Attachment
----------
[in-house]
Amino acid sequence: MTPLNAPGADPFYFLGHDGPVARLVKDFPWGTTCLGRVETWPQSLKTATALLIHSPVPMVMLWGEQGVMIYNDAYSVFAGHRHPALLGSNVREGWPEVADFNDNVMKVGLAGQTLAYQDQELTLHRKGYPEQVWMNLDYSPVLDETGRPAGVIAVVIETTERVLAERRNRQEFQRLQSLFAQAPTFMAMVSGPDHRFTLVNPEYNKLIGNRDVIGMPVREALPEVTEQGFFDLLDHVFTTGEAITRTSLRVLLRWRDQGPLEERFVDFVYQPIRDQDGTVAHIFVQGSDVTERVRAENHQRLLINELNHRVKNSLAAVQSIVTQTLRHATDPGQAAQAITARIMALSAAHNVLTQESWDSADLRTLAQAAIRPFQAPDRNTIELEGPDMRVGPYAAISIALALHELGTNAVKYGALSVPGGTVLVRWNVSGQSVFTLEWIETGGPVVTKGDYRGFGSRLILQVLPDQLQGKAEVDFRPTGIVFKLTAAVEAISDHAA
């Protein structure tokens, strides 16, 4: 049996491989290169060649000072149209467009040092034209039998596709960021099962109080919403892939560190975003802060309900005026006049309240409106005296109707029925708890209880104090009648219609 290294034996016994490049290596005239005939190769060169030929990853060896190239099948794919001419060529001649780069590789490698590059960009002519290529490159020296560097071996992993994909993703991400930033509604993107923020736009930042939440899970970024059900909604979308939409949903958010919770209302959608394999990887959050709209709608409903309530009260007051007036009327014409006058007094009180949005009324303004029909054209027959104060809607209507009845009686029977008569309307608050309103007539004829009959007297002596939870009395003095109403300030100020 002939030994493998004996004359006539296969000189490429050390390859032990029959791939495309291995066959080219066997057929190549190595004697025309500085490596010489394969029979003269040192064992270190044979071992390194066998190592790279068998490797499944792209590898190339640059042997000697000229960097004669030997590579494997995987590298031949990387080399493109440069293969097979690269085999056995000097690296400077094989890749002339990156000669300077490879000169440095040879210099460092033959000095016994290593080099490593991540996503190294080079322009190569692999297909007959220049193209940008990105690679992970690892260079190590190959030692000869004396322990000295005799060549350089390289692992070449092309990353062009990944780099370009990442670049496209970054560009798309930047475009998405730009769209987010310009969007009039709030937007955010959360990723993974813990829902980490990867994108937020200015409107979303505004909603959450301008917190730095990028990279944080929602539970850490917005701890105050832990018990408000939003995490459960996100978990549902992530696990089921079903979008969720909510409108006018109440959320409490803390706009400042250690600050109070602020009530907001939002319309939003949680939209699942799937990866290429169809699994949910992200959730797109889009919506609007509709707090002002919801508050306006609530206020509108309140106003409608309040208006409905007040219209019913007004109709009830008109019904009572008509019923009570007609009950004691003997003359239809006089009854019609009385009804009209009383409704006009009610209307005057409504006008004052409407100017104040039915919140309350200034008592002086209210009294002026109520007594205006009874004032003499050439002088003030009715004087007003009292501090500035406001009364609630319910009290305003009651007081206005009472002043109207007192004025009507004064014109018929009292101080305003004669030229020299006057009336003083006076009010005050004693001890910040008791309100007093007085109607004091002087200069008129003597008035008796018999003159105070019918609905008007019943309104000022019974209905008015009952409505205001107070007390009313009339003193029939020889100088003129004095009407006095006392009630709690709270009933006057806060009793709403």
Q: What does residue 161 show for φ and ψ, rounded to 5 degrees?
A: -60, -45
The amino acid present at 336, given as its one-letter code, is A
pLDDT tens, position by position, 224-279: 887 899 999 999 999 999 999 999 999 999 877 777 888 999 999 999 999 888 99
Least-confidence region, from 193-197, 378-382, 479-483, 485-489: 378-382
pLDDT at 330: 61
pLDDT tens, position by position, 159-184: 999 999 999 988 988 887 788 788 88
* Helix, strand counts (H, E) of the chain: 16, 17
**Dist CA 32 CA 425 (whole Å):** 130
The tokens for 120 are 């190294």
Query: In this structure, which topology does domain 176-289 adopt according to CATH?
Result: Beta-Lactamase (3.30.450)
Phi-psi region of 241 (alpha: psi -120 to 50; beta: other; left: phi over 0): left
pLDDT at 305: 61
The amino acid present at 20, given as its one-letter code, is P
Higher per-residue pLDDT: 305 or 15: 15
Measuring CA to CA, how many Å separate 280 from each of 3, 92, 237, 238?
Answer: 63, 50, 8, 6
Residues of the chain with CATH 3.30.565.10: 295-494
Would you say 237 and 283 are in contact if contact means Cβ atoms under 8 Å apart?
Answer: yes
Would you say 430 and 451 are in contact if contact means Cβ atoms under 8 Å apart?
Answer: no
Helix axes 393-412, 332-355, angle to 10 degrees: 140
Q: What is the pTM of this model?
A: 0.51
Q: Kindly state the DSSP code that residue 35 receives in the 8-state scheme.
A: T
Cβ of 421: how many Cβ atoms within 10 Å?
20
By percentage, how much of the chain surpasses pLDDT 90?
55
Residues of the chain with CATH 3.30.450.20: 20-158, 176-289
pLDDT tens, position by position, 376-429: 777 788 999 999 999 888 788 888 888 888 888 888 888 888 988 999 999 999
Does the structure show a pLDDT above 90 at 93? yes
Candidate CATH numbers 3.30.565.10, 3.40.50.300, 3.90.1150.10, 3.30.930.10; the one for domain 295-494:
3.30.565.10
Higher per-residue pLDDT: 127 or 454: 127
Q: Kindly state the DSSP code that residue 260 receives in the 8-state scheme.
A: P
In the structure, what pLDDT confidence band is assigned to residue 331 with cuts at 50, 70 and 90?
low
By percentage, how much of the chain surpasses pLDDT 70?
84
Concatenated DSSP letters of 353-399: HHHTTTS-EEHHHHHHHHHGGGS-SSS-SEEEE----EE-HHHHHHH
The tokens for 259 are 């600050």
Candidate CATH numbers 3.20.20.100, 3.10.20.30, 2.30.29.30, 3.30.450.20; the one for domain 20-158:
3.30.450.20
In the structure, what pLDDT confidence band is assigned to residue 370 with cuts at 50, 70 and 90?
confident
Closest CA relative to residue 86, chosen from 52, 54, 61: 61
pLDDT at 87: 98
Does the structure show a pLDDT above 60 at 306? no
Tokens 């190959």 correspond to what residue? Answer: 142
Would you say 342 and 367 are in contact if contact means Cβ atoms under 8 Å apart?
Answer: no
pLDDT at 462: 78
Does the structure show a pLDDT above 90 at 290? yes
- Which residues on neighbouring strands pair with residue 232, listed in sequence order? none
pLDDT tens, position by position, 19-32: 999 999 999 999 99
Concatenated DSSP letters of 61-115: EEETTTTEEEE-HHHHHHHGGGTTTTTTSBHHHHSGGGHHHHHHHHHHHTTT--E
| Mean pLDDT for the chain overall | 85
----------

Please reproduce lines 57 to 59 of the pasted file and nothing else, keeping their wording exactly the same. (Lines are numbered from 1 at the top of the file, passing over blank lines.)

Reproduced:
Tokens 């190959």 correspond to what residue? Answer: 142
Would you say 342 and 367 are in contact if contact means Cβ atoms under 8 Å apart?
Answer: no